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Article: Associations among measures of perfectionism, self-concept and academic achievement identified in primary school students in Hong Kong

TitleAssociations among measures of perfectionism, self-concept and academic achievement identified in primary school students in Hong Kong
Authors
KeywordsAcademic Achievement
Measures (Individuals)
Foreign Countries
Self Concept
Educational Counseling
Issue Date2009
PublisherWorld Council for Gifted & Talented Children. The Journal's web site is located at http://www.worldgifted.ca/international.html
Citation
Gifted and Talented International, 2009, v. 24 n. 1, p. 147-154 How to Cite?
AbstractThis study investigated relationships among measures of perfectionism, academic self-concept, and academic achievement in fourth and fifth grade children from selective primary schools in Hong Kong where admission involves strict assessment of students' aptitude and potential. Based on their overall academic performance 331 students were recruited, with half the sample comprising high achievers and the other half lower achievers in their respective cohorts. A 37-item questionnaire adapted from the 'Almost Perfect Scale-Revised' (APS-R) (Slaney, Rice, Mobley, Trippi, & Ashby, 2001) and the 'Self-Description Questionnaire I' (SDQ) (Marsh, Relich, & Smith, 1983) was administered in a classroom setting. Dependent upon their APS-R scores, participants were sorted into three comparison groups: (i) adaptive perfectionists (ii) maladaptive perfectionists and (iii) non-perfectionists. Pearson correlation, univariate analysis, hierarchical regression analysis and independent-samples t-tests were employed to assess the links among the variables. Results showed perfectionism was directly and indirectly correlated to academic achievement, with academic self-concept as a significant mediator. High achievers were associated with adaptive perfectionism and high academic self-concept. The present findings reflect the distinctive roles of perfectionism in the personal and cognitive developments of primary school students often been downplayed or overlooked in China. Implications for future research and educational guidance are suggested. (Contains 2 tables.)
Persistent Identifierhttp://hdl.handle.net/10722/125461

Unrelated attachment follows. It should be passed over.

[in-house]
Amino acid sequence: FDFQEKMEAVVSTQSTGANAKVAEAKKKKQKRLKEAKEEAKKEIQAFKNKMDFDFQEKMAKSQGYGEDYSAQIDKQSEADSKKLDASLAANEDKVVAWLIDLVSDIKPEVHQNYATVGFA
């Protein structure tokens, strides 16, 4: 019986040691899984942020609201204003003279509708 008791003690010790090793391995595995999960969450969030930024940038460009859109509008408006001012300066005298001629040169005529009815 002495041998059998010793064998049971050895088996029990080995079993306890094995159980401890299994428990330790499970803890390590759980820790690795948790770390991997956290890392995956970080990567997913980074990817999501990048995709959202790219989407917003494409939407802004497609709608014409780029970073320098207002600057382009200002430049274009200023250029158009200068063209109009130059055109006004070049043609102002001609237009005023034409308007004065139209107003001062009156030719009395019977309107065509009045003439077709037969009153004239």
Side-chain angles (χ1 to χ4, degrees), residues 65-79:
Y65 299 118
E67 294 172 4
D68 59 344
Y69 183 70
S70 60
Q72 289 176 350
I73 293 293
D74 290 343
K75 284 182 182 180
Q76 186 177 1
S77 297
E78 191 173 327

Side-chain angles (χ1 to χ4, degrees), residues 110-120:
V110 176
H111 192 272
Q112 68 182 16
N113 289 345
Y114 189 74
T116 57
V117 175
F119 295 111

ISSN

 

DC FieldValueLanguage
dc.contributor.authorFong, WTRen_HK
dc.contributor.authorYuen, MTen_HK
dc.date.accessioned2010-10-31T11:32:47Z-
dc.date.available2010-10-31T11:32:47Z-
dc.date.issued2009en_HK
dc.identifier.citationGifted and Talented International, 2009, v. 24 n. 1, p. 147-154en_HK
dc.identifier.issn1533-2276en_HK
dc.identifier.urihttp://hdl.handle.net/10722/125461-
dc.description.abstractThis study investigated relationships among measures of perfectionism, academic self-concept, and academic achievement in fourth and fifth grade children from selective primary schools in Hong Kong where admission involves strict assessment of students' aptitude and potential. Based on their overall academic performance 331 students were recruited, with half the sample comprising high achievers and the other half lower achievers in their respective cohorts. A 37-item questionnaire adapted from the 'Almost Perfect Scale-Revised' (APS-R) (Slaney, Rice, Mobley, Trippi, & Ashby, 2001) and the 'Self-Description Questionnaire I' (SDQ) (Marsh, Relich, & Smith, 1983) was administered in a classroom setting. Dependent upon their APS-R scores, participants were sorted into three comparison groups: (i) adaptive perfectionists (ii) maladaptive perfectionists and (iii) non-perfectionists. Pearson correlation, univariate analysis, hierarchical regression analysis and independent-samples t-tests were employed to assess the links among the variables. Results showed perfectionism was directly and indirectly correlated to academic achievement, with academic self-concept as a significant mediator. High achievers were associated with adaptive perfectionism and high academic self-concept. The present findings reflect the distinctive roles of perfectionism in the personal and cognitive developments of primary school students often been downplayed or overlooked in China. Implications for future research and educational guidance are suggested. (Contains 2 tables.)-
dc.languageengen_HK
dc.publisherWorld Council for Gifted & Talented Children. The Journal's web site is located at http://www.worldgifted.ca/international.htmlen_HK
dc.relation.ispartofGifted and Talented Internationalen_HK
dc.subjectAcademic Achievement-
dc.subjectMeasures (Individuals)-
dc.subjectForeign Countries-
dc.subjectSelf Concept-
dc.subjectEducational Counseling-
dc.titleAssociations among measures of perfectionism, self-concept and academic achievement identified in primary school students in Hong Kongen_HK
dc.typeArticleen_HK
dc.identifier.openurlhttp://library.hku.hk:4550/resserv?sid=HKU:IR&issn=1533-2276&volume=24&spage=147&epage=154&date=2009&atitle=Associations+among+measures+of+perfectionism,+self-concept+and+academic+achievement+identified+in+primary+school+students+in+Hong+Kong.en_HK
dc.identifier.emailYuen, MT: mtyuen@hkucc.hku.hken_HK
dc.identifier.authorityYuen, MT=rp00984en_HK
dc.identifier.hkuros176435en_HK
dc.identifier.hkuros173391-
dc.identifier.volume24en_HK
dc.identifier.issue1-
dc.identifier.spage147en_HK
dc.identifier.epage154en_HK
dc.publisher.placeUnited States-

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